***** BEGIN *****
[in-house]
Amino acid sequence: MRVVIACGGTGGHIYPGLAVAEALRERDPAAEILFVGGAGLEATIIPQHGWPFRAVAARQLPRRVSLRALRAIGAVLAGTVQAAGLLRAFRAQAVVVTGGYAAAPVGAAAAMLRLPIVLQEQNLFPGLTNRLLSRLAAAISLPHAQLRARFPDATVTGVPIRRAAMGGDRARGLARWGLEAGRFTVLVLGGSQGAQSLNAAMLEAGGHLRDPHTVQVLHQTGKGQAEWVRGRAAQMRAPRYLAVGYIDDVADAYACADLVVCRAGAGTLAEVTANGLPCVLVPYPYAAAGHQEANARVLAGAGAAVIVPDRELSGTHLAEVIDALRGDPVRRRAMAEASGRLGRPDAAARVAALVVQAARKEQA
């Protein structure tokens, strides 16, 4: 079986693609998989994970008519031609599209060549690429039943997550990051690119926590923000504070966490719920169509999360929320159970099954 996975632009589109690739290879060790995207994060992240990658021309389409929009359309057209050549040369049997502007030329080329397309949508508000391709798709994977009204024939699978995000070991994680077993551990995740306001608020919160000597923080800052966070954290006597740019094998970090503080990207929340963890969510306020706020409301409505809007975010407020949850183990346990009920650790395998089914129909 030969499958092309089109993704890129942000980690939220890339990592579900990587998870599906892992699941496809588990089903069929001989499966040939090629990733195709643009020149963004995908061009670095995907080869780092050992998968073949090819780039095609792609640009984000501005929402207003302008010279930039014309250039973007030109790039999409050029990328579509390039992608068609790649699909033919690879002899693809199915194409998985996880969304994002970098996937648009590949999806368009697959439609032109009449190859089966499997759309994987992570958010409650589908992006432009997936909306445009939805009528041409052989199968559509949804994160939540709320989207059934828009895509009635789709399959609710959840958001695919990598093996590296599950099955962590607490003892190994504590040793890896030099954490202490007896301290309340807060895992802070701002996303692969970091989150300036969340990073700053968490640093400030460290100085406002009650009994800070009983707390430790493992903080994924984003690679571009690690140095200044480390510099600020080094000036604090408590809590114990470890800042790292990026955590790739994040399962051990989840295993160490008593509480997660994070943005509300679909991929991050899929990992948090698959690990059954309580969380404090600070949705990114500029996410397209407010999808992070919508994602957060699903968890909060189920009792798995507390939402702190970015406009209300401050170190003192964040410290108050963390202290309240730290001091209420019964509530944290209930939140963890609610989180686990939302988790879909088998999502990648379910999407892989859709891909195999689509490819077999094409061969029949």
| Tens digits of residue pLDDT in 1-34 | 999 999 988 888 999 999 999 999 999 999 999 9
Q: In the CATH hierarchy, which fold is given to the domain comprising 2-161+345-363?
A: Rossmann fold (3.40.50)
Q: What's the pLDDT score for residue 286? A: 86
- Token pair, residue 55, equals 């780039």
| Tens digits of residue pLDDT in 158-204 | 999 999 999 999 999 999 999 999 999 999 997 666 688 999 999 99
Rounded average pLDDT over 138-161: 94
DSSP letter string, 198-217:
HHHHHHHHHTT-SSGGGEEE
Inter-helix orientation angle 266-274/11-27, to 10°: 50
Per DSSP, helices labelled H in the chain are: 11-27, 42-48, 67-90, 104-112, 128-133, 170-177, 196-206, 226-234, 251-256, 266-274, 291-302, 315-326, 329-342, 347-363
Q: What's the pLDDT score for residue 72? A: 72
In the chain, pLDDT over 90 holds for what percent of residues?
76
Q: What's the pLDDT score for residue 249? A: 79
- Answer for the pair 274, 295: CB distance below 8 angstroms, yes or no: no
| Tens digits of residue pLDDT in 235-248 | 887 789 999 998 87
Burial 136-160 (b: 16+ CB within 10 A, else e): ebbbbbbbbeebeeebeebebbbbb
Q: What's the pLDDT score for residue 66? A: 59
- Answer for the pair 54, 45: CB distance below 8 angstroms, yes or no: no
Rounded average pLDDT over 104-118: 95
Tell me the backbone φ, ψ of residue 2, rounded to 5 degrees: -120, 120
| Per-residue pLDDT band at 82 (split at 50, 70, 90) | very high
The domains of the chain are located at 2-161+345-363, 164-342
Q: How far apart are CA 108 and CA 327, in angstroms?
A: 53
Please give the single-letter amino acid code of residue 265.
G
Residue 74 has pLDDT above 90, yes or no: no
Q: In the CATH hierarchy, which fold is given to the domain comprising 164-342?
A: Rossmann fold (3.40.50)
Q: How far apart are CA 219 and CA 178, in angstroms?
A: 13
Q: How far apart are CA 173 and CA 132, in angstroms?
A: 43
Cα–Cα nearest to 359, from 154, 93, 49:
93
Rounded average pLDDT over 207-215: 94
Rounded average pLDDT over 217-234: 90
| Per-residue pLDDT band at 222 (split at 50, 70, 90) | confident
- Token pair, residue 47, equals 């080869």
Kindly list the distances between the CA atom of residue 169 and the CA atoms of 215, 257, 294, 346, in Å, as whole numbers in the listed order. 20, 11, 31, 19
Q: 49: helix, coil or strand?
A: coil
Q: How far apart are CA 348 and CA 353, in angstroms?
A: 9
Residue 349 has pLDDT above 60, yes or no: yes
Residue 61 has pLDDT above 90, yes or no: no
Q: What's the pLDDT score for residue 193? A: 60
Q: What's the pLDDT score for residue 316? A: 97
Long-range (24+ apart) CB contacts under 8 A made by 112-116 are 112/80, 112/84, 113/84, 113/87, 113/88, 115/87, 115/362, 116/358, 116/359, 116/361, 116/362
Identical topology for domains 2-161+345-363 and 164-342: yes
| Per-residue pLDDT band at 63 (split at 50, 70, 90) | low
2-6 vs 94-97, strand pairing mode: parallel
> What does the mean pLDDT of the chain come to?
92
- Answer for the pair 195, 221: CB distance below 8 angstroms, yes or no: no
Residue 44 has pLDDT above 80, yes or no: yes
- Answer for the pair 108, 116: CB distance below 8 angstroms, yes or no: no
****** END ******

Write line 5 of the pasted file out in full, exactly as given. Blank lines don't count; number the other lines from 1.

Q: In the CATH hierarchy, which fold is given to the domain comprising 2-161+345-363?